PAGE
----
Anne Frank Museum Floats Fresh Capture Theory

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December 18, 2016

Anne Frank might not have been betrayed after all, according to a new study of first- and secondhand sources.

The Jewish girl made famous by her diary was taken, along with her family, from their hiding place in an Amsterdam house and sent to Nazi concentration camps during World War II. All but her father, Otto, died during the war.

The theory of how the Franks were discovered has long been that someone phoned authorities or otherwise let them know of the Franks' hiding place. Now, the Anne Frank House museum itself has put forward the theory that it was coincidence that resulted in the Aug. 4, 1944, arrests of Anne and her family.

New research by the museum has analyzed police documents and Anne's diary in detail; the result is the suggestion to consider possibilities other than betrayal.

Otto Frank spent years after the war trying to determine why his family's hiding place was found. He long suspected Willem van Maaren, who was relatively new to the working staff at 263 Prinsengracht, on the second floor of which, behind a movable bookcase, was the hiding place. Van Maaren did not know that the Franks were in hiding and so would not have been able to dissuade authorities from finding any hiding places, as was the practice with other people who worked in the house. However, van Maaren was never arrested because investigations by two different law enforcement agencies turned up insufficient proof of his involvement in any kind of conspiracy.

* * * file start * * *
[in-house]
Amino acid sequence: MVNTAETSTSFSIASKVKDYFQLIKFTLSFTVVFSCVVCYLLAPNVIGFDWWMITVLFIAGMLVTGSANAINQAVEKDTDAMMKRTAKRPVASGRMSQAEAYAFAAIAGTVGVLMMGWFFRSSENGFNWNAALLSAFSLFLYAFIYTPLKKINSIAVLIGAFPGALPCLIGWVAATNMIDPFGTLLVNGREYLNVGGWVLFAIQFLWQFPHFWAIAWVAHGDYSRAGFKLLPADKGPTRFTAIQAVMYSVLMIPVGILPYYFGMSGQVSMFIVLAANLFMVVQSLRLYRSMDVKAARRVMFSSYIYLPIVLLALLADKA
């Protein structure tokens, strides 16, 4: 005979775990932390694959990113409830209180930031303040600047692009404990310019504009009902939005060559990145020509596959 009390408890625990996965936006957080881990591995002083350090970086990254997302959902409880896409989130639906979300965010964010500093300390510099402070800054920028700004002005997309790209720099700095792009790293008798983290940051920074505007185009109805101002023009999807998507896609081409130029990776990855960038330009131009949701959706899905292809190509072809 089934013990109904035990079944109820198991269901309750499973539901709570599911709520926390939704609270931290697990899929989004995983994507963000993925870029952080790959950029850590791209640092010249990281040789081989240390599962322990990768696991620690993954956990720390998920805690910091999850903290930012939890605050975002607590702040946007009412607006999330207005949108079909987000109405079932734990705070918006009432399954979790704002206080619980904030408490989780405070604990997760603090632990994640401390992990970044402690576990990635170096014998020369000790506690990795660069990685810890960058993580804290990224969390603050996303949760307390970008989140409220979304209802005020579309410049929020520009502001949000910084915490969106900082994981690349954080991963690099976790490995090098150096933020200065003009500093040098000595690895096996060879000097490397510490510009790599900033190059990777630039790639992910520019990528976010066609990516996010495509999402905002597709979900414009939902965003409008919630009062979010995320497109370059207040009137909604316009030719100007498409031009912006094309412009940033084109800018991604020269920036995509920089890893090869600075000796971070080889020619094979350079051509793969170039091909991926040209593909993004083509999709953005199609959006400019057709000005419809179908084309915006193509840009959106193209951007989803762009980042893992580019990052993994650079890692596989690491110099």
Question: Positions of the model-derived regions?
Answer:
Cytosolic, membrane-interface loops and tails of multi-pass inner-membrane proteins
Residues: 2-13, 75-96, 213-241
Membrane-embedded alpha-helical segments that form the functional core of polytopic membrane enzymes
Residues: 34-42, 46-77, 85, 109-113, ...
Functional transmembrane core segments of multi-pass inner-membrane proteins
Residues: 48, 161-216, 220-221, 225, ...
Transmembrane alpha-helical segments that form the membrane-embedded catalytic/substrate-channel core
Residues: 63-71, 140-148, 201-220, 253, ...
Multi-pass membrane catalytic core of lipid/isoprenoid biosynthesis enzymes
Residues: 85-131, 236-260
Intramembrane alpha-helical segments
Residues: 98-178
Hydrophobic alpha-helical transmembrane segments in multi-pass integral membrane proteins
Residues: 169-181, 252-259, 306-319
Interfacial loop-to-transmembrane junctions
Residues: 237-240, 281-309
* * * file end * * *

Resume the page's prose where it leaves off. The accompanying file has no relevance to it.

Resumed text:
Otto Frank suspected other people as well but was not able to prove conclusively that any one person turned in the Franks to authorities. He died in 1980. An Otto Frank biographer, Carol Ann Lee, suspected that the betrayer was Dutch National Socialist activist Tonny Ahlers. But as with van Maaren, investigators turned up insufficient evidence to prove the theory that it was Ahlers who betrayed the Franks.

The museum's researchers went back through police records and discovered that the investigators who came to the house that day were on the trail of fraudsters and draft-dodgers, not Jews. One of the investigators, according to the museum's report, was "investigating economic violations," like ration card fraud.

Anne, in her diary, wrote several times about people being arrested for dealing in illegal ration cards. Many goods were scarce in Amsterdam, and people were legally restricted to the goods available to them through the ration cards they were issued.

The museum's report also noted that phone service was entirely unreliable and, in some cases, cut off altogether. As well, the phone number of the investigate unit who men eventually carried the Frank family out of the house were not public knowledge at that time. This could call into question the idea that someone phoned in a tip to authorities.

Also of note, the report said, was the time that the authorities were in the house that day: two hours. Investigators acting on a tip would have taken less time than that to round up a family in hiding, the museum's researchers suggest.

The museum's researchers stressed that they were not ruling out the original theory–that someone, perhaps even someone close to the Franks, turned them in; rather, the intent of the report is to suggest that more than possibility exists.

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